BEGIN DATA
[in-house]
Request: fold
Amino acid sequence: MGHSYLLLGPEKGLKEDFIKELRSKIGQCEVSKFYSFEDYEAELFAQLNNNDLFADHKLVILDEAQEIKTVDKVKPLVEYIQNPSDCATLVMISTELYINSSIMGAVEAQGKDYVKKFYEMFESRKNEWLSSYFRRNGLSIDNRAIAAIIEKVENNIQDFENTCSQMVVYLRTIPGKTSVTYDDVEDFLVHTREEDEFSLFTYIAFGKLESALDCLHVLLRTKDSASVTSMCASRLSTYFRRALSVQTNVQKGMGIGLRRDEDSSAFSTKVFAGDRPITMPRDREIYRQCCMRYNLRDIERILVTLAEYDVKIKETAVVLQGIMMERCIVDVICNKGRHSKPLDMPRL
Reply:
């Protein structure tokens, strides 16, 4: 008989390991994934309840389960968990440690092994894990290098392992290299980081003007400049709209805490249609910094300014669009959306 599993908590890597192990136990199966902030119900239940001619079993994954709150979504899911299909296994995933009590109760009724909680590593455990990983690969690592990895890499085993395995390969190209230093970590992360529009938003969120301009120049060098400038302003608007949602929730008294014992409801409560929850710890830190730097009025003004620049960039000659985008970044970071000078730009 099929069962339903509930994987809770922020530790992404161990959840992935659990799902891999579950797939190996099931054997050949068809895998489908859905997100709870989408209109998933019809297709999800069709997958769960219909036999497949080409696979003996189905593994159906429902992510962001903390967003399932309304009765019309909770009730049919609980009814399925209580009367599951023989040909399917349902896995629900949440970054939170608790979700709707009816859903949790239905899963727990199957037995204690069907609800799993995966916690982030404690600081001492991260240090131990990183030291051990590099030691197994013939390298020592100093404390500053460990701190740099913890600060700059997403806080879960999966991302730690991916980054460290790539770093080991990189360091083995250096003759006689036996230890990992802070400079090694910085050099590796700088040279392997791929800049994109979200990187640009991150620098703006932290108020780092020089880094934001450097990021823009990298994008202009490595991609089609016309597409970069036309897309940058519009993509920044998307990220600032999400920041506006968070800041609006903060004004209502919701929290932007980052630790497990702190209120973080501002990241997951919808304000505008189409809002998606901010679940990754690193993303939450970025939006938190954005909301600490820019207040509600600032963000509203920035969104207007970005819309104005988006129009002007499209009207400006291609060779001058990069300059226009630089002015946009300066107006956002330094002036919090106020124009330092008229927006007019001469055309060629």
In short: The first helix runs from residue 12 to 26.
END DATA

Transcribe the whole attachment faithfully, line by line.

[in-house]
Request: fold
Amino acid sequence: MGHSYLLLGPEKGLKEDFIKELRSKIGQCEVSKFYSFEDYEAELFAQLNNNDLFADHKLVILDEAQEIKTVDKVKPLVEYIQNPSDCATLVMISTELYINSSIMGAVEAQGKDYVKKFYEMFESRKNEWLSSYFRRNGLSIDNRAIAAIIEKVENNIQDFENTCSQMVVYLRTIPGKTSVTYDDVEDFLVHTREEDEFSLFTYIAFGKLESALDCLHVLLRTKDSASVTSMCASRLSTYFRRALSVQTNVQKGMGIGLRRDEDSSAFSTKVFAGDRPITMPRDREIYRQCCMRYNLRDIERILVTLAEYDVKIKETAVVLQGIMMERCIVDVICNKGRHSKPLDMPRL
Reply:
């Protein structure tokens, strides 16, 4: 008989390991994934309840389960968990440690092994894990290098392992290299980081003007400049709209805490249609910094300014669009959306 599993908590890597192990136990199966902030119900239940001619079993994954709150979504899911299909296994995933009590109760009724909680590593455990990983690969690592990895890499085993395995390969190209230093970590992360529009938003969120301009120049060098400038302003608007949602929730008294014992409801409560929850710890830190730097009025003004620049960039000659985008970044970071000078730009 099929069962339903509930994987809770922020530790992404161990959840992935659990799902891999579950797939190996099931054997050949068809895998489908859905997100709870989408209109998933019809297709999800069709997958769960219909036999497949080409696979003996189905593994159906429902992510962001903390967003399932309304009765019309909770009730049919609980009814399925209580009367599951023989040909399917349902896995629900949440970054939170608790979700709707009816859903949790239905899963727990199957037995204690069907609800799993995966916690982030404690600081001492991260240090131990990183030291051990590099030691197994013939390298020592100093404390500053460990701190740099913890600060700059997403806080879960999966991302730690991916980054460290790539770093080991990189360091083995250096003759006689036996230890990992802070400079090694910085050099590796700088040279392997791929800049994109979200990187640009991150620098703006932290108020780092020089880094934001450097990021823009990298994008202009490595991609089609016309597409970069036309897309940058519009993509920044998307990220600032999400920041506006968070800041609006903060004004209502919701929290932007980052630790497990702190209120973080501002990241997951919808304000505008189409809002998606901010679940990754690193993303939450970025939006938190954005909301600490820019207040509600600032963000509203920035969104207007970005819309104005988006129009002007499209009207400006291609060779001058990069300059226009630089002015946009300066107006956002330094002036919090106020124009330092008229927006007019001469055309060629």
In short: The first helix runs from residue 12 to 26.